so i just saw black swan, and it did something to my head. i left the movie theater last night feeling distinctly uncomfortable, without really being able to put a finger on why. natalie portman’s performance was absolutely terrific. but the story wasn’t exactly covering foreign territory; anyone familiar with method actors knows what some artists will do to get emotionally in touch with their work. i mean, you’ve seen what christian bale did to himself for the machinist, right?
walking home, and feeling slightly out of whack, i felt compelled to try to write something, to try tapping into that weird/unsettling feeling. but i kinda lost touch with it before i was able to get any words down. and, “unfortunately,” i wasn’t able to force myself back into that weird headspace again. i felt frustrated because i couldn’t shake the idea that i’d never be able to write a truly great story until i was somehow able to not only explore dark places like that (almost on command, upon sitting down at a desk)—but i’d also have to find a way to describe that, communicate that feeling through language.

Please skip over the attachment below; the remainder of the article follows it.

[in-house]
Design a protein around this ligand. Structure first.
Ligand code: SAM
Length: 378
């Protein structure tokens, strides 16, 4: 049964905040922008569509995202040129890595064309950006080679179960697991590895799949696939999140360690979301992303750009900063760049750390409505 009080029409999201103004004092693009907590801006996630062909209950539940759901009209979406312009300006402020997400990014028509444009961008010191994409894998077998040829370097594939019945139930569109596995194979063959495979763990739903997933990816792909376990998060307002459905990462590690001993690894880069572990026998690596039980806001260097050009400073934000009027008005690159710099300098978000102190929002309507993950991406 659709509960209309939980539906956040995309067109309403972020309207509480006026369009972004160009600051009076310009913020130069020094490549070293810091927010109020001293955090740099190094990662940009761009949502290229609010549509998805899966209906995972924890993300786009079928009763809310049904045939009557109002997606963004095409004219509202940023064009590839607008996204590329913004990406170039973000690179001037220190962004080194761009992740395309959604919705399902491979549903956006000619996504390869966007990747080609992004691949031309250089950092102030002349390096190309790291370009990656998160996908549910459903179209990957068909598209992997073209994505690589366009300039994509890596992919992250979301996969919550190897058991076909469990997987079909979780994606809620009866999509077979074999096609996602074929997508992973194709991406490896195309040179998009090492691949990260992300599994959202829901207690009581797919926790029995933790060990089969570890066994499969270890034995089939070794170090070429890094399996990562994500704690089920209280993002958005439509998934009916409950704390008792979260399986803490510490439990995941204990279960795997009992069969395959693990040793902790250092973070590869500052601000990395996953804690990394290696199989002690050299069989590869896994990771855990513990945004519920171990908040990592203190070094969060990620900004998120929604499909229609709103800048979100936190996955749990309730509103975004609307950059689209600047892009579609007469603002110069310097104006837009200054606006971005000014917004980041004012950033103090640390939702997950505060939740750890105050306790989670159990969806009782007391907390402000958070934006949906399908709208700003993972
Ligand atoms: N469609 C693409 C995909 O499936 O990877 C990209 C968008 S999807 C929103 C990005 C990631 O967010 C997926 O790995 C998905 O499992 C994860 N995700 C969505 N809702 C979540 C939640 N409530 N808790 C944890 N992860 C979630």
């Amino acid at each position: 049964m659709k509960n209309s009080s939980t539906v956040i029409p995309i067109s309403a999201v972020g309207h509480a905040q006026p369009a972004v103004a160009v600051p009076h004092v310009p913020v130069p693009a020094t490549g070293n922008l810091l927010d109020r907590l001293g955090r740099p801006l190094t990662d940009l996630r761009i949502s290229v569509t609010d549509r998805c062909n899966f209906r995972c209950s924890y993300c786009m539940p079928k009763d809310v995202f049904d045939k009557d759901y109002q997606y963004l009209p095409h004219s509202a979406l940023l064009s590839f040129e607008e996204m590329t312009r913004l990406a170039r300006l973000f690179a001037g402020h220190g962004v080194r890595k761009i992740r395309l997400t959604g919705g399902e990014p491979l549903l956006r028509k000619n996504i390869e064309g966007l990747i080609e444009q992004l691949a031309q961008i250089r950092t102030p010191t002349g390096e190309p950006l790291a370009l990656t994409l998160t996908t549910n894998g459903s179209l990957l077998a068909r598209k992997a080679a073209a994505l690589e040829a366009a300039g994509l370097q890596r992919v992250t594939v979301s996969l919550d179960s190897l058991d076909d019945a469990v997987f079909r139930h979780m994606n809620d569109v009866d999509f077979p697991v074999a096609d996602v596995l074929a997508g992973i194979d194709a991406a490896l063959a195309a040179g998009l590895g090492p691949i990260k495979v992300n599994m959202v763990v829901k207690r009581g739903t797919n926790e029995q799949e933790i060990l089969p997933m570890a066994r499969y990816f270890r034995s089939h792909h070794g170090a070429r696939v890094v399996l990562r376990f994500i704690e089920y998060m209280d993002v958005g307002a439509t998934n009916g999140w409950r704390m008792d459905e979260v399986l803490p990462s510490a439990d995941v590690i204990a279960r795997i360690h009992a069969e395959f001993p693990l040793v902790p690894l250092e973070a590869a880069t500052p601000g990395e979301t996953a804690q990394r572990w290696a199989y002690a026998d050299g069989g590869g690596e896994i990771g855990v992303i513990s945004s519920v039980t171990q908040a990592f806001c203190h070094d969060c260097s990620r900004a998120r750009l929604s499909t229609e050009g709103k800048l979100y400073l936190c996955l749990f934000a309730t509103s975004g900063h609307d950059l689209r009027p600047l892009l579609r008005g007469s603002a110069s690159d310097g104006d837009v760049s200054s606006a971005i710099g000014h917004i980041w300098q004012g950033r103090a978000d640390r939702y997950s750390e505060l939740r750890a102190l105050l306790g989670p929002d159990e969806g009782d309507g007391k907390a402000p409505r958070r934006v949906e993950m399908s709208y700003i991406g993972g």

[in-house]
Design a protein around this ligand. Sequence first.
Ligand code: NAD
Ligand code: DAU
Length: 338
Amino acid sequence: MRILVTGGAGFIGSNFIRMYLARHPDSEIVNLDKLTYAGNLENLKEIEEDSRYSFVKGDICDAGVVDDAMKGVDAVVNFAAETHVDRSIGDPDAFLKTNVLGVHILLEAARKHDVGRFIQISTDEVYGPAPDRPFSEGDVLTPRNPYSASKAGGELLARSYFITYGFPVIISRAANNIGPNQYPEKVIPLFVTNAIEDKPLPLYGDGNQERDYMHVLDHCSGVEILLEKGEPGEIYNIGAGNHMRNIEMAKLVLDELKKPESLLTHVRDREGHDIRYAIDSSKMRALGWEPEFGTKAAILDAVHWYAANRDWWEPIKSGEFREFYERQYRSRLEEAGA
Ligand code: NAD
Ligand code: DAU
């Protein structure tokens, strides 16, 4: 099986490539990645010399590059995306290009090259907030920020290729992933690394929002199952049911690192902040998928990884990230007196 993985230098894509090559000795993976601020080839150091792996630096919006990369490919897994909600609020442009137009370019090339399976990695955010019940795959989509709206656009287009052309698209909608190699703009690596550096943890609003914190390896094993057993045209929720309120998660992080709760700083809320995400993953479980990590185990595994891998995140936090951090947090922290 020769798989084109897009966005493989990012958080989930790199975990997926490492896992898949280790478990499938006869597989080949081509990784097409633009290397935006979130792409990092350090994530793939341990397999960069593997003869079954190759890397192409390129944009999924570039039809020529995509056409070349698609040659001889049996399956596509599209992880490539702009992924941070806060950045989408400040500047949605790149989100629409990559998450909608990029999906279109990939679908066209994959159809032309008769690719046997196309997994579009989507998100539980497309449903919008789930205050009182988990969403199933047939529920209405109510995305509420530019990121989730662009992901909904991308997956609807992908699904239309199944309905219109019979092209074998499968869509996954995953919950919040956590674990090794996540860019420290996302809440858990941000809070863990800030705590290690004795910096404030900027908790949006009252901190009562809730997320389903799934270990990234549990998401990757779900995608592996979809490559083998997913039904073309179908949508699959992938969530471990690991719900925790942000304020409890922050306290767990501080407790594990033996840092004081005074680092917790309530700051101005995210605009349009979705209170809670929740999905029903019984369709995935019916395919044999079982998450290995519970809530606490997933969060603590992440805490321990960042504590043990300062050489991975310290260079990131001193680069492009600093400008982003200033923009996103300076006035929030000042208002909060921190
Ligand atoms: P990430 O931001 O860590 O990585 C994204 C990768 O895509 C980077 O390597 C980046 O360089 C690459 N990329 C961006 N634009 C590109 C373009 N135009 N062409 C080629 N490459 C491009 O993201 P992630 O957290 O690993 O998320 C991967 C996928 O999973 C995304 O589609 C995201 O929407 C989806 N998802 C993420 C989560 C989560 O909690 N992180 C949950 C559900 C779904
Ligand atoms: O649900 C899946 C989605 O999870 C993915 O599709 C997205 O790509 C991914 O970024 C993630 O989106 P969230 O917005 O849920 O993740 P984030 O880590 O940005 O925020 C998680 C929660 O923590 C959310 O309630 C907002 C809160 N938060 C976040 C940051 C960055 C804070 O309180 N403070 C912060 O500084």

being in the process of a pretty painful breakup right now, i’ve been listening to a lot of classic breakup records. or, more accurately, blood on the tracks and sea change—pretty much on repeat. with 12 angry months tossed in occasionally. i don’t know if that helps in the least bit, but it does make me feel like i should be able to make something—cathartic or interesting or emotionally resonant—out of a what is essentially a big fucking mess. but i also know that great art doesn’t necessarily have to come from a place of personal pain or discomfort. so i’m interesting in hearing if there are writer-type equivalents of method acting. laura had a good post a while back about carrying a character around in your head with you. but what do you do to get into headspace, especially if it’s an uncomfortable one?